On July 30, a second report from BuzzFeed was published, this time revealing that former employees of The Ellen DeGeneres Show have anonymously alleged sexual misconduct and harassment involving top producers at the show.
The former employees, who spoke on the condition of anonymity, leveled allegations about the culture behind the scenes of the show, including against head writer Kevin Leman and executive producer Ed Glavin.
Leman and another producer have denied the allegations against them in separate statements. Glavin has not yet publicly addressed the allegations.
A spokesperson for WarnerMedia declined to comment on the report. A rep for DeGeneres did not immediately respond to PEOPLE's request for comment.
Executive producer Andy Lassner addressed the controversy surrounding the show's "toxic" workplace environment on Twitter.
"Me: I really think 2020 is gonna turn around and start getting better," he wrote on July 30. "2020: Lol, I'm gonna make your bed the epicenter."
Although the post did not explicitly reference the allegations surrounding the show, a fan responded to the message, sharing that they hoped "if the Ellen show goes off the air... you are able to find employment quickly."
In response, Lassner wrote, "Nobody is going off the air."
Several celebrities — including DeGeneres' wife Portia De Rossi, Katy Perry, Ashton Kutcher, Diane Keaton, Alec and Hilaria Baldwin, Jay Leno, Kevin Hart and more — have spoken out to support DeGeneres.
De Rossi wrote on Instagram, "To all our fans....we see you. Thank you for your support."
Perry tweeted, "I know I can't speak for anyone else's experience besides my own but I want to acknowledge that I have only ever had positive takeaways from my time with Ellen & on the @theellenshow. I think we all have witnessed the light & continual fight for equality that she has brought to the world through her platform for decades. Sending you love & a hug, friend @TheEllenShow"
However, former Ellen show DJ Tony Okungbowa said that he did experience a toxic environment when he was working on the show, and addressed his experience on Instagram.
"Hey Guys, I hope you are all keeping safe out there during these trying times," he began on Aug. 4. "I have been getting calls asking me about the Ellen DeGeneres Show and I would like to address the time I spent there."
The 52-year old explained that while he was "grateful for the opportunity" to be on the show, he does not condone the "toxicity of the environment" and hopes the show will make a change.
"I stand with my former colleagues in their quest to create a healthier and more inclusive workplace as the show moves forward," he wrote.
PEOPLE has reached out to DeGeneres and Warner Bros. for comment.
The actor, who currently stars on the CBS sitcom Bob Hearts Abishola, appeared as the resident DJ on the daytime show from 2003 to 2013, before he was replaced by Stephen "tWitch" Boss.
DeGeneres made a second apology to staffers after three of The Ellen DeGeneres Show's top producers, Ed Glavin, Kevin Leman and Jonathan Norman, parted ways with the show following an internal investigation by WarnerMedia, a Warner Bros. spokesperson confirmed to PEOPLE on Aug. 17, 2020.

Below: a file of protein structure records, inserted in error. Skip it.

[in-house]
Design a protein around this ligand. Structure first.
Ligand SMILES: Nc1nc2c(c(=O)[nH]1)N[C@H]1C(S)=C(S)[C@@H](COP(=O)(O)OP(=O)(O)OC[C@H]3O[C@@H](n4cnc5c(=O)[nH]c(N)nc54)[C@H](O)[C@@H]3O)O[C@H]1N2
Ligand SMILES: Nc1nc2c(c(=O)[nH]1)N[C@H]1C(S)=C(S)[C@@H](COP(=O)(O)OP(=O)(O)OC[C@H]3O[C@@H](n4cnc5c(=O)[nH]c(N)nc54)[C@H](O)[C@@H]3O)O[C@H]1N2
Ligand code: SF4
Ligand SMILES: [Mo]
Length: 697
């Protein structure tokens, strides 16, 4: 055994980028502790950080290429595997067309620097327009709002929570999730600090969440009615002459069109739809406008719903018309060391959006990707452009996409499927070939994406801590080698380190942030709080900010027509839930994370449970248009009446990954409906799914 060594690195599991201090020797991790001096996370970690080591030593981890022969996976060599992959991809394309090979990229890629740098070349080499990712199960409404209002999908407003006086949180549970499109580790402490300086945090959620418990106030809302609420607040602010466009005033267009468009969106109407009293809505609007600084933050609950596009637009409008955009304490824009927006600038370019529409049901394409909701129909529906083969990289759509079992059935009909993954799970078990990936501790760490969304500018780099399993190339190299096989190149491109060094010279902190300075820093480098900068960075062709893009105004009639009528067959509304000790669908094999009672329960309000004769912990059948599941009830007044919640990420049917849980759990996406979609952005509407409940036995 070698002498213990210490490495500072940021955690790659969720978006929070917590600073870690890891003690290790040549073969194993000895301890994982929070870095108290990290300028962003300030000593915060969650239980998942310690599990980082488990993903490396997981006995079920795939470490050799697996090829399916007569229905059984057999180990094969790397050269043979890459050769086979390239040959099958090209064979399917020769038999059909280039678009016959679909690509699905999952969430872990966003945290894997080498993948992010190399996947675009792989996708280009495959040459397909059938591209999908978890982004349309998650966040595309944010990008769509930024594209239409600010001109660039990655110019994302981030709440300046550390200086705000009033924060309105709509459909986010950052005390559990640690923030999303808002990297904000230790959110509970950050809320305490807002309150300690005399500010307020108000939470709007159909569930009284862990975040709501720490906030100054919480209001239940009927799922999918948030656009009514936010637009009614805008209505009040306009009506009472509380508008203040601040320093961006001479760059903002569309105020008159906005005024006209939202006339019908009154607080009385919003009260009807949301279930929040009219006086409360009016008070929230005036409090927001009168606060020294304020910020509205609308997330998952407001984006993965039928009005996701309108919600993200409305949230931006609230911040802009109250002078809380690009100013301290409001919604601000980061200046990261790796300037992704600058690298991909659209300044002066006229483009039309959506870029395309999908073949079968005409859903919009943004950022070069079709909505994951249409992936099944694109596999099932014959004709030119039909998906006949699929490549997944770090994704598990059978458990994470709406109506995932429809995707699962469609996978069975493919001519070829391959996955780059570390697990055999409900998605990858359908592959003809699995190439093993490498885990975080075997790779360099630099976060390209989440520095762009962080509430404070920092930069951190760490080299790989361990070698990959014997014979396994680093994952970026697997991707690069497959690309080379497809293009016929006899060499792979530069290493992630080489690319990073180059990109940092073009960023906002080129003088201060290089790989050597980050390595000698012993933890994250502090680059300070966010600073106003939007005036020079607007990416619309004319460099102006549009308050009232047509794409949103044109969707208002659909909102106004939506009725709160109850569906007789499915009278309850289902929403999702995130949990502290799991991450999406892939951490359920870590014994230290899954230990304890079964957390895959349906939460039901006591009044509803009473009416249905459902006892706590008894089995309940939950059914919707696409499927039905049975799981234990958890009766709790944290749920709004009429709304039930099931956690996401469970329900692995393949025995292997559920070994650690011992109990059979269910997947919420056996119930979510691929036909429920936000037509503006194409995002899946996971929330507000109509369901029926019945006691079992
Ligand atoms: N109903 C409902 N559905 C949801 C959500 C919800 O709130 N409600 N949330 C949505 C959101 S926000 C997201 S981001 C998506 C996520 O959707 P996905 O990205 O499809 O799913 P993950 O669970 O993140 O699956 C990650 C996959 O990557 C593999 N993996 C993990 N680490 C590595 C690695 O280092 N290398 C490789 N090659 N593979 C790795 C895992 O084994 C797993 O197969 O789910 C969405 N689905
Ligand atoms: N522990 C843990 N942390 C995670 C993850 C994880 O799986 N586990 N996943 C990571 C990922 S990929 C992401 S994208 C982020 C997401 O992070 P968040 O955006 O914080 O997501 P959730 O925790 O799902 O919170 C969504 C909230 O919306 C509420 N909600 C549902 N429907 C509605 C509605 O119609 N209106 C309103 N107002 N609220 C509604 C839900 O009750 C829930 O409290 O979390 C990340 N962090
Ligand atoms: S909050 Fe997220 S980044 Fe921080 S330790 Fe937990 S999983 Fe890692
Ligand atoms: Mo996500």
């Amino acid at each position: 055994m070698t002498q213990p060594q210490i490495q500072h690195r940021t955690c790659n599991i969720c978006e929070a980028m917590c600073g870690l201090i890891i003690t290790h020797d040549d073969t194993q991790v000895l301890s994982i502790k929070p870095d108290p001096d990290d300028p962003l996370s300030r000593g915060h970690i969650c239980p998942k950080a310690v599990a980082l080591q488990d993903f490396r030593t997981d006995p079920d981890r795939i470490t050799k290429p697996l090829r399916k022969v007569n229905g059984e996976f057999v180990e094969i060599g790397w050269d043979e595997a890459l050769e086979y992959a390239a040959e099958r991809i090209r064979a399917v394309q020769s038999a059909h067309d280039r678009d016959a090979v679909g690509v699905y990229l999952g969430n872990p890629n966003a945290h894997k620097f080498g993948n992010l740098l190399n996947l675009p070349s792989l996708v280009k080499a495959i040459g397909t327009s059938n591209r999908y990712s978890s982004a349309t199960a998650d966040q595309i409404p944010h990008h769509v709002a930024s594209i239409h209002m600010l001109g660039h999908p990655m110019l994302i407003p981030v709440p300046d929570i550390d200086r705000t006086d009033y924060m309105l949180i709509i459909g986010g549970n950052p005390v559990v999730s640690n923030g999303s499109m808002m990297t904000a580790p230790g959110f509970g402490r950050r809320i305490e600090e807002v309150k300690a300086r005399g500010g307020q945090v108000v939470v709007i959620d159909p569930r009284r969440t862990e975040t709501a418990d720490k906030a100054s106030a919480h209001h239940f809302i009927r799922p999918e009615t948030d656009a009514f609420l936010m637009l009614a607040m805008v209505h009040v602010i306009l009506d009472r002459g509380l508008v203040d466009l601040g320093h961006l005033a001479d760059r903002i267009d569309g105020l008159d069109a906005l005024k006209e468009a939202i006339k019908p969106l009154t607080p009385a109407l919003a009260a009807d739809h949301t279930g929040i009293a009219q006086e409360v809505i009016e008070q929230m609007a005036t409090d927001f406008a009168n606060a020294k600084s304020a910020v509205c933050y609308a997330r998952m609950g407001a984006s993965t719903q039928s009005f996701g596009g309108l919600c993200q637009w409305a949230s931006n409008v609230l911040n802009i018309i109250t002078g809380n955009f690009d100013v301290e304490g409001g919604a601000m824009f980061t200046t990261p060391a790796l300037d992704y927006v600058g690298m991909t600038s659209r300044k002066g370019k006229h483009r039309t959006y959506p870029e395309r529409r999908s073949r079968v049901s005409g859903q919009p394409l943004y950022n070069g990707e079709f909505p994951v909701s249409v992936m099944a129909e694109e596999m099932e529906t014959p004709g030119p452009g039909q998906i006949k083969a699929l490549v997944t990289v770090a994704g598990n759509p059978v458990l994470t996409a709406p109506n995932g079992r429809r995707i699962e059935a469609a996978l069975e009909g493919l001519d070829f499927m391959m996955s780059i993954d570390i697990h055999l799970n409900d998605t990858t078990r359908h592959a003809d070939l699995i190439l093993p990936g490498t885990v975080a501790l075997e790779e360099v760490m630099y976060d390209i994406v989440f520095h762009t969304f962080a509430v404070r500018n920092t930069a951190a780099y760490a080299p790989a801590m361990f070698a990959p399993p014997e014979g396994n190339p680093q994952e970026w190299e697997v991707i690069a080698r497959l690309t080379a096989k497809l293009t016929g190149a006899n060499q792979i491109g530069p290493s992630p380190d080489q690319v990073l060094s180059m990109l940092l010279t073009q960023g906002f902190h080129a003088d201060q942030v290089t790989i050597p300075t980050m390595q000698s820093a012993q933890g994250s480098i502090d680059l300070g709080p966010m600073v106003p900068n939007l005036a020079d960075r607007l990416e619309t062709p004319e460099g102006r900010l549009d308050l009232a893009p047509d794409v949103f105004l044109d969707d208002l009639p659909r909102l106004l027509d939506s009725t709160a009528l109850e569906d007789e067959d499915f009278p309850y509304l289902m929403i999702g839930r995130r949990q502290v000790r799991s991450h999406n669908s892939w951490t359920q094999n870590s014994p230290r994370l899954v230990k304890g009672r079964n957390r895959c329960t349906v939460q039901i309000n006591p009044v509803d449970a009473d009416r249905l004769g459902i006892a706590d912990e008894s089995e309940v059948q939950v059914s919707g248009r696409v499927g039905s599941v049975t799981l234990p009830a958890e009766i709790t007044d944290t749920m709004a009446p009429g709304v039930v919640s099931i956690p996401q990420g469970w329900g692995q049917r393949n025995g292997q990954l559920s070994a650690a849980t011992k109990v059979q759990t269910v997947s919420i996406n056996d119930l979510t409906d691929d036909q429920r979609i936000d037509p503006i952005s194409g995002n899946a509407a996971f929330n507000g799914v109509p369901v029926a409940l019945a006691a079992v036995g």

In an emotional video conference, DeGeneres told staff she "wasn't perfect," a source who was on the call told PEOPLE.
"I'm a multi-layered person, and I try to be the best person I can be and I try to learn from my mistakes," the host said.
"I'm hearing that some people felt that I wasn't kind or too short with them, or too impatient. I apologize to anybody if I've hurt your feelings in any way."
During the video conference, "Ellen was emotional, she was emphatic about making it better and making herself more available," another source told PEOPLE.
"She acknowledged she can be introverted at times and she apologized if that was ever seen as hurtful," the source said. "They're putting in real structures and resources for people so this never happens again and that is extremely important to Ellen. She was emotional seeing everybody. They're family."
Another source told PEOPLE that DeGeneres told staff that "she's been dying to see them, that she couldn't because of the investigation and she really wanted them to hear from her that this is a reset, things are changing and things are going to be better moving forward. And she's committed to that."
Glavin, Leman, and Norman — who were accused of sexual misconduct by former employees in a BuzzFeed News report — have parted ways with the show, and Stephen "tWitch" Boss has been promoted from DJ to co-executive producer, PEOPLE confirmed.
Leman and Norman have denied the allegations against them, while Glavin has not publicly addressed them.
Following Leman's termination from the show on August 17, 2020, his attorney said the producer "is devastated by being scapegoated and is not yet ready to comment."
"The fact that a deeply flawed BuzzFeed article has led to the termination of an innocent man – a popular figure and a creative force behind the Ellen show and a string of other projects produced with Ellen – is shocking," Leman's attorney Michael Plonsker said in a statement to PEOPLE.
In addition to Boss' promotion, Variety was first to report news of Galvin, Leman and Norman's removal from the show. Executive producers Andy Lassner, Mary Connelly, and Derek Westervelt, who have all been with the show since it premiered in 2003, will continue on, Variety reported.